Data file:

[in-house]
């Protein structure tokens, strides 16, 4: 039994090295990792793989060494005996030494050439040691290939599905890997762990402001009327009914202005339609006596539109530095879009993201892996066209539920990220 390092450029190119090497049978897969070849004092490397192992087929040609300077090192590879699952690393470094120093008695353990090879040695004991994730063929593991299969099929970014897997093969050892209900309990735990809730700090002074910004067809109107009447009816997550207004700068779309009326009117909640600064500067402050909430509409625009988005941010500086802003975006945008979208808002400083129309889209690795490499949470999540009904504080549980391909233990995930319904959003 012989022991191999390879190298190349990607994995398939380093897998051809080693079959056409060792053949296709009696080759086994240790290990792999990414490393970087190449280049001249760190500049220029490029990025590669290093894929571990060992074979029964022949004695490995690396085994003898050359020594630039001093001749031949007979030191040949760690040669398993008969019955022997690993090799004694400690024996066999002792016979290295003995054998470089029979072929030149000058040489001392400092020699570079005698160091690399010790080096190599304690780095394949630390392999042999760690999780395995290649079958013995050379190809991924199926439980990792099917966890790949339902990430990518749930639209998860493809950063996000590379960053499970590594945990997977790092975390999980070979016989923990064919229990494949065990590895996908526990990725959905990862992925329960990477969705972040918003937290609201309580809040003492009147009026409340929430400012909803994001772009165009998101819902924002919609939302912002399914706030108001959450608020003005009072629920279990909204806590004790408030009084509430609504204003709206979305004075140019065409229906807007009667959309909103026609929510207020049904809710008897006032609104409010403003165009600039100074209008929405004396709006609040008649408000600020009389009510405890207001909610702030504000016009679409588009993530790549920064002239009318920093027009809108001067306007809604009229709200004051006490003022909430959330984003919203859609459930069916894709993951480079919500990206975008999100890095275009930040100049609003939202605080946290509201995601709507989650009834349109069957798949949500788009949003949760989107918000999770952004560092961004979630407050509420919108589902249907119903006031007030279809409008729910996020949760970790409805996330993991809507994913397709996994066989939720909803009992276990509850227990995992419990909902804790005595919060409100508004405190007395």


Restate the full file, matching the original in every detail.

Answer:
[in-house]
């Protein structure tokens, strides 16, 4: 039994090295990792793989060494005996030494050439040691290939599905890997762990402001009327009914202005339609006596539109530095879009993201892996066209539920990220 390092450029190119090497049978897969070849004092490397192992087929040609300077090192590879699952690393470094120093008695353990090879040695004991994730063929593991299969099929970014897997093969050892209900309990735990809730700090002074910004067809109107009447009816997550207004700068779309009326009117909640600064500067402050909430509409625009988005941010500086802003975006945008979208808002400083129309889209690795490499949470999540009904504080549980391909233990995930319904959003 012989022991191999390879190298190349990607994995398939380093897998051809080693079959056409060792053949296709009696080759086994240790290990792999990414490393970087190449280049001249760190500049220029490029990025590669290093894929571990060992074979029964022949004695490995690396085994003898050359020594630039001093001749031949007979030191040949760690040669398993008969019955022997690993090799004694400690024996066999002792016979290295003995054998470089029979072929030149000058040489001392400092020699570079005698160091690399010790080096190599304690780095394949630390392999042999760690999780395995290649079958013995050379190809991924199926439980990792099917966890790949339902990430990518749930639209998860493809950063996000590379960053499970590594945990997977790092975390999980070979016989923990064919229990494949065990590895996908526990990725959905990862992925329960990477969705972040918003937290609201309580809040003492009147009026409340929430400012909803994001772009165009998101819902924002919609939302912002399914706030108001959450608020003005009072629920279990909204806590004790408030009084509430609504204003709206979305004075140019065409229906807007009667959309909103026609929510207020049904809710008897006032609104409010403003165009600039100074209008929405004396709006609040008649408000600020009389009510405890207001909610702030504000016009679409588009993530790549920064002239009318920093027009809108001067306007809604009229709200004051006490003022909430959330984003919203859609459930069916894709993951480079919500990206975008999100890095275009930040100049609003939202605080946290509201995601709507989650009834349109069957798949949500788009949003949760989107918000999770952004560092961004979630407050509420919108589902249907119903006031007030279809409008729910996020949760970790409805996330993991809507994913397709996994066989939720909803009992276990509850227990995992419990909902804790005595919060409100508004405190007395």